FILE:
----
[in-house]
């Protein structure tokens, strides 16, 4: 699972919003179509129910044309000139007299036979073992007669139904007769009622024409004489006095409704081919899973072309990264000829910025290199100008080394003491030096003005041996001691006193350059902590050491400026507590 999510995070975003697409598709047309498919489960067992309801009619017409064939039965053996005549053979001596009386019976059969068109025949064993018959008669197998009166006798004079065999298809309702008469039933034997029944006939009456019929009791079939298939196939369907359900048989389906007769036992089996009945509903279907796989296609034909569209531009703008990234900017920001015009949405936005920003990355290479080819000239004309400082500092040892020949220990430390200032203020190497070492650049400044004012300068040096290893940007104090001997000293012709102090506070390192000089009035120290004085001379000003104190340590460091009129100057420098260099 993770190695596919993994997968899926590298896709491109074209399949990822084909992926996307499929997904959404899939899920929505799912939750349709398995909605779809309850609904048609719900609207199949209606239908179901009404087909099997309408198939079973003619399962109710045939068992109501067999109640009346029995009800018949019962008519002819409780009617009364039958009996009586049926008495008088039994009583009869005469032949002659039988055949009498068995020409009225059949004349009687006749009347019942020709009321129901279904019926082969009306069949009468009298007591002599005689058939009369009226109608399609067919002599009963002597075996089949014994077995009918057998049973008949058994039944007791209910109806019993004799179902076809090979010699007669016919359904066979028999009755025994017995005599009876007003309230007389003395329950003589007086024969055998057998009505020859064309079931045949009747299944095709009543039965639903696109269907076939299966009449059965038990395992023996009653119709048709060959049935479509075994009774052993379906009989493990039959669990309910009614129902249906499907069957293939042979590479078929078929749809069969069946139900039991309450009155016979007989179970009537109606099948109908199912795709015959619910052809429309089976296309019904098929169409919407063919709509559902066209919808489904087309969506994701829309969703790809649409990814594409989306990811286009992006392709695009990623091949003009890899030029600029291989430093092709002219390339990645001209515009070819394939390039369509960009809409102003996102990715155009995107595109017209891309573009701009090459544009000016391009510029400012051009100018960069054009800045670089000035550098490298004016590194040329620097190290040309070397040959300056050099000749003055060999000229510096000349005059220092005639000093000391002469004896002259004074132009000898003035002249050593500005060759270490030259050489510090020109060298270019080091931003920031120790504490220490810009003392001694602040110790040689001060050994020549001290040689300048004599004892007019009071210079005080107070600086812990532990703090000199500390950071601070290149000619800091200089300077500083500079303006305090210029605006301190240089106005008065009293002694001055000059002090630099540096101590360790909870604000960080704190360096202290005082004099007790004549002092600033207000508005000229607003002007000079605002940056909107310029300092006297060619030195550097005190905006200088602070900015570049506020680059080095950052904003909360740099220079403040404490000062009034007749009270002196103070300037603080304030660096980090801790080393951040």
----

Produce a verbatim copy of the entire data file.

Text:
[in-house]
């Protein structure tokens, strides 16, 4: 699972919003179509129910044309000139007299036979073992007669139904007769009622024409004489006095409704081919899973072309990264000829910025290199100008080394003491030096003005041996001691006193350059902590050491400026507590 999510995070975003697409598709047309498919489960067992309801009619017409064939039965053996005549053979001596009386019976059969068109025949064993018959008669197998009166006798004079065999298809309702008469039933034997029944006939009456019929009791079939298939196939369907359900048989389906007769036992089996009945509903279907796989296609034909569209531009703008990234900017920001015009949405936005920003990355290479080819000239004309400082500092040892020949220990430390200032203020190497070492650049400044004012300068040096290893940007104090001997000293012709102090506070390192000089009035120290004085001379000003104190340590460091009129100057420098260099 993770190695596919993994997968899926590298896709491109074209399949990822084909992926996307499929997904959404899939899920929505799912939750349709398995909605779809309850609904048609719900609207199949209606239908179901009404087909099997309408198939079973003619399962109710045939068992109501067999109640009346029995009800018949019962008519002819409780009617009364039958009996009586049926008495008088039994009583009869005469032949002659039988055949009498068995020409009225059949004349009687006749009347019942020709009321129901279904019926082969009306069949009468009298007591002599005689058939009369009226109608399609067919002599009963002597075996089949014994077995009918057998049973008949058994039944007791209910109806019993004799179902076809090979010699007669016919359904066979028999009755025994017995005599009876007003309230007389003395329950003589007086024969055998057998009505020859064309079931045949009747299944095709009543039965639903696109269907076939299966009449059965038990395992023996009653119709048709060959049935479509075994009774052993379906009989493990039959669990309910009614129902249906499907069957293939042979590479078929078929749809069969069946139900039991309450009155016979007989179970009537109606099948109908199912795709015959619910052809429309089976296309019904098929169409919407063919709509559902066209919808489904087309969506994701829309969703790809649409990814594409989306990811286009992006392709695009990623091949003009890899030029600029291989430093092709002219390339990645001209515009070819394939390039369509960009809409102003996102990715155009995107595109017209891309573009701009090459544009000016391009510029400012051009100018960069054009800045670089000035550098490298004016590194040329620097190290040309070397040959300056050099000749003055060999000229510096000349005059220092005639000093000391002469004896002259004074132009000898003035002249050593500005060759270490030259050489510090020109060298270019080091931003920031120790504490220490810009003392001694602040110790040689001060050994020549001290040689300048004599004892007019009071210079005080107070600086812990532990703090000199500390950071601070290149000619800091200089300077500083500079303006305090210029605006301190240089106005008065009293002694001055000059002090630099540096101590360790909870604000960080704190360096202290005082004099007790004549002092600033207000508005000229607003002007000079605002940056909107310029300092006297060619030195550097005190905006200088602070900015570049506020680059080095950052904003909360740099220079403040404490000062009034007749009270002196103070300037603080304030660096980090801790080393951040």